He has published twenty books of literary and cultural criticism and more than five hundred articles, critical notes and reviews in journals throughout the world. A recognized authority on Onetti, García Márquez, Juan Rulfo, and Latin American literary history, during the nineties his critical work has centered on Latin American cinema. In 1993 he filmed a documentary on Augusto Monterroso for which he interviewed major Mexican writers and critics. He is completing the first Encyclopedia of Latin American Cinema, for which he has written around two thousand articles on feature films from and about Latin America. His current work also includes a book of interpretation and survey of the most recent Spanish American prose published by writers born after 1968, a project that analyzes the work, marketing, and reception of over more than fifty authors (Ana Solari, Milagros Socorro, Karla Suarez, Mayra Santos, David Toscana, Rodrigo Fresan, Juan Forn, Martin Kohan, Jorge Vopli, among others). His teaching centers on the intersection of the interests above and cultural politics.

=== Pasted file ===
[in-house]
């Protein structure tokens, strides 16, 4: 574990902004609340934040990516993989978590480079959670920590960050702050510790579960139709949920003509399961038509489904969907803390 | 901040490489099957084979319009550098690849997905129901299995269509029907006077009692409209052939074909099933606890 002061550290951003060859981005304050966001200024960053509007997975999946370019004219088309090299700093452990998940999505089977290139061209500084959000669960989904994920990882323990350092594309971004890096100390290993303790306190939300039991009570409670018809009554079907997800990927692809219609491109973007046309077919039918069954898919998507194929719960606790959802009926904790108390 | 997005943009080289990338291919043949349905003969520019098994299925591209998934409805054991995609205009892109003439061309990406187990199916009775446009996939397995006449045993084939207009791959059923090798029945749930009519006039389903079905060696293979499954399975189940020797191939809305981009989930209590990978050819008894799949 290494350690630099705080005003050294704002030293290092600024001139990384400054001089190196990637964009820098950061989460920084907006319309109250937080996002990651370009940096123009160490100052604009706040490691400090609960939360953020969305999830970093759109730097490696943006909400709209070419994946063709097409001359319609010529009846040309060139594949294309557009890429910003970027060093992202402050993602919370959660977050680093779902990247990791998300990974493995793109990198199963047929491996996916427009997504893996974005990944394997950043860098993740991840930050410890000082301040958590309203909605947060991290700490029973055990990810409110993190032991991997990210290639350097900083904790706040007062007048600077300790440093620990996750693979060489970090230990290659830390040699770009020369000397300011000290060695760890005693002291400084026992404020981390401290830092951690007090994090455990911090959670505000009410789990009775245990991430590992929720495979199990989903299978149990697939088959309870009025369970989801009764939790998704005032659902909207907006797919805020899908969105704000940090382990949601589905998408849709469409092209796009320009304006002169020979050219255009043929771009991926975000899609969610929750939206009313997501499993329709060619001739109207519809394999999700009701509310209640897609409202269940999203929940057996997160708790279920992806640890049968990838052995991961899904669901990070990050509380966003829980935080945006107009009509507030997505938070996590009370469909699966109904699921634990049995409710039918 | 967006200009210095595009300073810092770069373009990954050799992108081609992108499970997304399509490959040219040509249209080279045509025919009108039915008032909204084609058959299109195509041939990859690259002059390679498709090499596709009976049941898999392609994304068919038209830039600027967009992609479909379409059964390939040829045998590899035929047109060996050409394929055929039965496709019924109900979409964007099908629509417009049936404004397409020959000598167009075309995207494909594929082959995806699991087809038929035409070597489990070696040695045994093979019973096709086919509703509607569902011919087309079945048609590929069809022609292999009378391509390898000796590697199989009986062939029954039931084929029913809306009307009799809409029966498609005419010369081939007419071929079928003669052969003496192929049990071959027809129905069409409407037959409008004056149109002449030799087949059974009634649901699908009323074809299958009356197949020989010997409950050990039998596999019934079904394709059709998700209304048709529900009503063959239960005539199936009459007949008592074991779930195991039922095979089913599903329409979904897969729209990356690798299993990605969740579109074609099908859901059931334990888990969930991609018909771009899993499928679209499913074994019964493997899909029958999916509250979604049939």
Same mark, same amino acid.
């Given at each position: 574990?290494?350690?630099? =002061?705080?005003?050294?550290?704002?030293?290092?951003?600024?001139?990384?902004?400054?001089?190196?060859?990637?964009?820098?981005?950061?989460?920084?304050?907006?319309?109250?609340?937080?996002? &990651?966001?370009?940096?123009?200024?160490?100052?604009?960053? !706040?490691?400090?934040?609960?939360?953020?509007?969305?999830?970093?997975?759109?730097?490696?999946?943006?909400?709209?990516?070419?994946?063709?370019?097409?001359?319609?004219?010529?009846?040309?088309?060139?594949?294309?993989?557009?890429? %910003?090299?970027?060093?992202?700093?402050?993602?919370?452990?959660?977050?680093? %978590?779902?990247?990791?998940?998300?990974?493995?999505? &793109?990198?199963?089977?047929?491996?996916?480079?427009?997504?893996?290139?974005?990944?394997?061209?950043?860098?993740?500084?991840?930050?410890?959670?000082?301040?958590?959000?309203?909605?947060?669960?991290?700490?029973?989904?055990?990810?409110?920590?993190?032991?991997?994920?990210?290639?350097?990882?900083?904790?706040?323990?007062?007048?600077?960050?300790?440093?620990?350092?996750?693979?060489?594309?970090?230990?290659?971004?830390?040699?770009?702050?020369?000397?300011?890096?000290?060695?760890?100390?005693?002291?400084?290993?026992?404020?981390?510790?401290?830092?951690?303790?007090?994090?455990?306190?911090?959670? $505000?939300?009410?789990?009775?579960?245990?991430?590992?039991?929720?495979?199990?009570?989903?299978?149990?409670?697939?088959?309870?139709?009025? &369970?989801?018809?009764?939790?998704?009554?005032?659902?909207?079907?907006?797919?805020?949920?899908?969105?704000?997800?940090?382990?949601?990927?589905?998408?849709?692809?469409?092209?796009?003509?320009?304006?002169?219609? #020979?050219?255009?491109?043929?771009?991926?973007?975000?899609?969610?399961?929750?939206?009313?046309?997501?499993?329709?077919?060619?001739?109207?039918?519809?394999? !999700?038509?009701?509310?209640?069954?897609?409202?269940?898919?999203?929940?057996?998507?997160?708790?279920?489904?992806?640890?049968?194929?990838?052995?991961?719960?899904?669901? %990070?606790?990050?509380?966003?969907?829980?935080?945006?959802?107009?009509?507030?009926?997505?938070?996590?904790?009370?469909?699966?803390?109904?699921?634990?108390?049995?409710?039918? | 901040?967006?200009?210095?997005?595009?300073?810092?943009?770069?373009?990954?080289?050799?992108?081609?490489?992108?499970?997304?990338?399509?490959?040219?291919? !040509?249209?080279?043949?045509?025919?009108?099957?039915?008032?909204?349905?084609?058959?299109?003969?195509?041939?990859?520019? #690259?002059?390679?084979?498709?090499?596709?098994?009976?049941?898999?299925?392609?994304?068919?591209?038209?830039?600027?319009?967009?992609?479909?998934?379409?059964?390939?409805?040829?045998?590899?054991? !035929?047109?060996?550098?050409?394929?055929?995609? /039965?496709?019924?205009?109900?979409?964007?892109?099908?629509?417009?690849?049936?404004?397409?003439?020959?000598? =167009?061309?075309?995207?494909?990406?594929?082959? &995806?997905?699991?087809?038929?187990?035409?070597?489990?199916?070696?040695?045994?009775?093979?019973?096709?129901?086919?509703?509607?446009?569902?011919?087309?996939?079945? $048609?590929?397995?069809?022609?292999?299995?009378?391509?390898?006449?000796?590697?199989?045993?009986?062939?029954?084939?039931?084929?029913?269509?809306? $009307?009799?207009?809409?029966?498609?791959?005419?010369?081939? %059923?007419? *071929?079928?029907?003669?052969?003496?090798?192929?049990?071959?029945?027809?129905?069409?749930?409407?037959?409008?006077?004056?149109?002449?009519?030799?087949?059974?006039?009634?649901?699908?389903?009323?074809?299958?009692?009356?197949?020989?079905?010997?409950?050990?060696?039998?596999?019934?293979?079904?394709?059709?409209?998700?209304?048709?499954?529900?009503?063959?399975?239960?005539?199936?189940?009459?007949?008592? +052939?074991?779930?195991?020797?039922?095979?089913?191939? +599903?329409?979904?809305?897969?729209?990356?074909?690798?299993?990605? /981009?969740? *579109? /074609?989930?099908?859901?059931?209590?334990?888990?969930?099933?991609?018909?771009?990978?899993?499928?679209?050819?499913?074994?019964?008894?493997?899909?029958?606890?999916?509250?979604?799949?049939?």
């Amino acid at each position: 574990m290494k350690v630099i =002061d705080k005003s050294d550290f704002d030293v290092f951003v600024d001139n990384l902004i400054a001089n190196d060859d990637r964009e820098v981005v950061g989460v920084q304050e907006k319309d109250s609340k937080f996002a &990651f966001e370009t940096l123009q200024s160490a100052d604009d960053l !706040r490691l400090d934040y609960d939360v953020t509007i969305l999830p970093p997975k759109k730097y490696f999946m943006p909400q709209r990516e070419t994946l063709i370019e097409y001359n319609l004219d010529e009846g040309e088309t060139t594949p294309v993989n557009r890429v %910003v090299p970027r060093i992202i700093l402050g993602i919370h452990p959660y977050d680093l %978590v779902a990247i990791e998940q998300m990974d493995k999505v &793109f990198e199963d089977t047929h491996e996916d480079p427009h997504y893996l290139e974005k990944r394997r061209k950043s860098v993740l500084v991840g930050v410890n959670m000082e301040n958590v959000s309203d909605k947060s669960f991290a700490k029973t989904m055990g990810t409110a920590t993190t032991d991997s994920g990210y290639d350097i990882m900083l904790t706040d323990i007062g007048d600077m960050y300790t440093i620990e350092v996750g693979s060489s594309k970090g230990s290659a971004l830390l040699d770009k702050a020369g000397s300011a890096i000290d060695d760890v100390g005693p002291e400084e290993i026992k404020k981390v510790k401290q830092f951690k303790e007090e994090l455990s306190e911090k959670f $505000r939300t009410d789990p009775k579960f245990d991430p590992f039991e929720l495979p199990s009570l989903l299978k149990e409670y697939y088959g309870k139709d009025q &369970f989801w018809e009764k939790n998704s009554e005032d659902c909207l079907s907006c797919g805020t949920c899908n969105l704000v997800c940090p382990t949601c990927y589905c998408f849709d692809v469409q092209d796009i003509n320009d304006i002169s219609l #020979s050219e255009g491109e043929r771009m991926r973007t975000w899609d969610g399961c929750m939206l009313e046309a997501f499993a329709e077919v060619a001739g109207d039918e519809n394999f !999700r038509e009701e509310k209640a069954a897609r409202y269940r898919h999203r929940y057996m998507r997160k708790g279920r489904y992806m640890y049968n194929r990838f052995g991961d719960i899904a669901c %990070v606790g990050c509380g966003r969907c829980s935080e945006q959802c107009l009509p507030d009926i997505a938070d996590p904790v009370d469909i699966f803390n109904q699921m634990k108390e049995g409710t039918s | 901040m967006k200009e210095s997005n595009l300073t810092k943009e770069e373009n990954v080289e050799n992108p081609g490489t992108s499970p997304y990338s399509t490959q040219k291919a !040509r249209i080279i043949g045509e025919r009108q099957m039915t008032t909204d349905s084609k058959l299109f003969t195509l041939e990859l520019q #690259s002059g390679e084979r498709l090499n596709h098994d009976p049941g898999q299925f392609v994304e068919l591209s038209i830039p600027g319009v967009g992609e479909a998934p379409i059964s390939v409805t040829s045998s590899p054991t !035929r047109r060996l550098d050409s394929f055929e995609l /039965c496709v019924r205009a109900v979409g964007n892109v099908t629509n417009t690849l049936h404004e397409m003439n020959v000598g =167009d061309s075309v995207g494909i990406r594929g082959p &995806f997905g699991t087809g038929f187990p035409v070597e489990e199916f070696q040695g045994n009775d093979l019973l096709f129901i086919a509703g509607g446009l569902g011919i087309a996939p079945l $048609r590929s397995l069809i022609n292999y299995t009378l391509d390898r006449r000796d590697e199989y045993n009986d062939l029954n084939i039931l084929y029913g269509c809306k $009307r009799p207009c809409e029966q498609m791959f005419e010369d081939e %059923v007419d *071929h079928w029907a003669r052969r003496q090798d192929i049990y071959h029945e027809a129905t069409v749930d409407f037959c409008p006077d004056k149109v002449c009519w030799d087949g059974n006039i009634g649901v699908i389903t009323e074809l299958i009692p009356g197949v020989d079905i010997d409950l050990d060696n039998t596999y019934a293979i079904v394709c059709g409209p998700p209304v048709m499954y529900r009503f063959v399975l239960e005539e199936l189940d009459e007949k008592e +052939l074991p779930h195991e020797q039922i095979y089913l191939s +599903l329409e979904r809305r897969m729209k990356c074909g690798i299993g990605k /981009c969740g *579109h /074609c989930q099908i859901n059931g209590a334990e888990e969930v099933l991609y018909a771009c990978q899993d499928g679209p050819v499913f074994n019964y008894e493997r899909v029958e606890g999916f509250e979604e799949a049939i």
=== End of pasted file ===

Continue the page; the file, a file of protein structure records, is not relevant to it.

Professional Activities

At Stanford University, he has been Department Chair (1990-91, 1997), and Director of the Center of Latin American Studies (1994, 1997-1998), as well as a member of numerous university and interdepartmental committees. Throughout the years he has been a Jury Member in several international literary prizes and film Festivals: Marcha (Uruguay); Casa de las Américas (La Habana, Cuba); Premio Internacional Juan Rulfo (Guadalajara, Mexico); Festival Internacional del Nuevo Cine Latinoamericano (La Habana, Cuba); Festival Internacional de San Sebastian-Donostia (Pais Vasco, Espana), Festival Internacional de Trieste (Italia).